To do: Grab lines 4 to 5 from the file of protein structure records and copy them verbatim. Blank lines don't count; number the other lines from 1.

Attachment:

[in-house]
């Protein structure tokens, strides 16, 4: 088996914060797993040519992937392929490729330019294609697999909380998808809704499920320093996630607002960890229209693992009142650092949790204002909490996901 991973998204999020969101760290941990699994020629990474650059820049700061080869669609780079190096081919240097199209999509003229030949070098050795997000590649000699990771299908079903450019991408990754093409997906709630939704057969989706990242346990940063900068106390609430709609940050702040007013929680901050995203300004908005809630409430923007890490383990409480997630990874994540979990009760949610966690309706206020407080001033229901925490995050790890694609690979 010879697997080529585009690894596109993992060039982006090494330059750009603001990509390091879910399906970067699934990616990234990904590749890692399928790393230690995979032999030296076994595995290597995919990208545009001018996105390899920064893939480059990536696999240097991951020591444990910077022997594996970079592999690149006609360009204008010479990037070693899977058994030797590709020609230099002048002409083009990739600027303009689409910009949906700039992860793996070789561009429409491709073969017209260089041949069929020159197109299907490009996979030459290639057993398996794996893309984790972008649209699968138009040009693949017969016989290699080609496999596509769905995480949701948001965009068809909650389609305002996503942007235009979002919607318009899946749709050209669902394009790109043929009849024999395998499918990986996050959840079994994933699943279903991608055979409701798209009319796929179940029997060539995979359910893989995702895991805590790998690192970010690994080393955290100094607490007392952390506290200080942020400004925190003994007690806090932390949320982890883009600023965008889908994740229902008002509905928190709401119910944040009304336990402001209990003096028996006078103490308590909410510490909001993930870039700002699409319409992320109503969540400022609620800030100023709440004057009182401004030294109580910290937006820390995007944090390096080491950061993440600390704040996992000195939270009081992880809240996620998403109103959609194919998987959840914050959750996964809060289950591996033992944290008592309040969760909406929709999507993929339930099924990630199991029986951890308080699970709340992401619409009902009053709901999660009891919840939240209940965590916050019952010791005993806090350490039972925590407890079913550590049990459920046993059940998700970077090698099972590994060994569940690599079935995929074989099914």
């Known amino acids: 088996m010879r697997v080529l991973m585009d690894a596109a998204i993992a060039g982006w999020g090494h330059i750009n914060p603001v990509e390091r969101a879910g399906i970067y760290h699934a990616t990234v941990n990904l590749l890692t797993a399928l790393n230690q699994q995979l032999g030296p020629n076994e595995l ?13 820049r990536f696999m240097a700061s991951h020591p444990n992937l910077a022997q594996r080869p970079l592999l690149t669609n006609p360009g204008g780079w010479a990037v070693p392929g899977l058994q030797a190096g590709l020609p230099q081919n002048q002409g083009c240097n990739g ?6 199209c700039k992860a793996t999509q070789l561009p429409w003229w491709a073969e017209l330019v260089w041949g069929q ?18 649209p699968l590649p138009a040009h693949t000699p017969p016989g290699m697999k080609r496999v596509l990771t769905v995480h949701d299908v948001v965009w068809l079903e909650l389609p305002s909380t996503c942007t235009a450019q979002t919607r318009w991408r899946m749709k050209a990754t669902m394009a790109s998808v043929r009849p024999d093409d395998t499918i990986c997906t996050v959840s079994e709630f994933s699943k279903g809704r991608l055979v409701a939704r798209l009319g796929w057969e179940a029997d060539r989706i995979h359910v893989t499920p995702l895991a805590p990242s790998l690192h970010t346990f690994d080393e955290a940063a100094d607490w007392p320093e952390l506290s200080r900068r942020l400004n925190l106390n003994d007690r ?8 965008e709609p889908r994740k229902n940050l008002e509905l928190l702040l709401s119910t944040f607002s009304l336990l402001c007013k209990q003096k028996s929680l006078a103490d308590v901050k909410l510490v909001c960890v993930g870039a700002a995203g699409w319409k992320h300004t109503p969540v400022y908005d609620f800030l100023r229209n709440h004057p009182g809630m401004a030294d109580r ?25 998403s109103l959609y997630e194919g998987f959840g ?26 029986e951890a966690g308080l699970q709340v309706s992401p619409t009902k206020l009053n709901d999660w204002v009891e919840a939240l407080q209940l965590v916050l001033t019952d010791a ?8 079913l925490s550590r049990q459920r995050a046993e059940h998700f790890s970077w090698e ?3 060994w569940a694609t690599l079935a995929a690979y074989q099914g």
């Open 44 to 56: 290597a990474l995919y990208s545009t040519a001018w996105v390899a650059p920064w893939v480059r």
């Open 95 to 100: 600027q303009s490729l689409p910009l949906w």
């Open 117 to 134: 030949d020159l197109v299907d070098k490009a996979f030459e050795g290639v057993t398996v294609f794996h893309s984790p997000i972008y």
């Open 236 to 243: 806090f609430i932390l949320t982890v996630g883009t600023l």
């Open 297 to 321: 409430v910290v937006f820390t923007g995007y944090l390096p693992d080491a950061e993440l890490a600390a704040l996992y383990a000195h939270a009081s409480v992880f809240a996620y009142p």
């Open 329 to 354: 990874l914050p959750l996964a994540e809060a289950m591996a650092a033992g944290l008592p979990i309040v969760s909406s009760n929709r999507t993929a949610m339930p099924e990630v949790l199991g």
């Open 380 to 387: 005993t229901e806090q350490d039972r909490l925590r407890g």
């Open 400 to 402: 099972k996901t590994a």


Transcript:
């Open 44 to 56: 290597a990474l995919y990208s545009t040519a001018w996105v390899a650059p920064w893939v480059r």
């Open 95 to 100: 600027q303009s490729l689409p910009l949906w």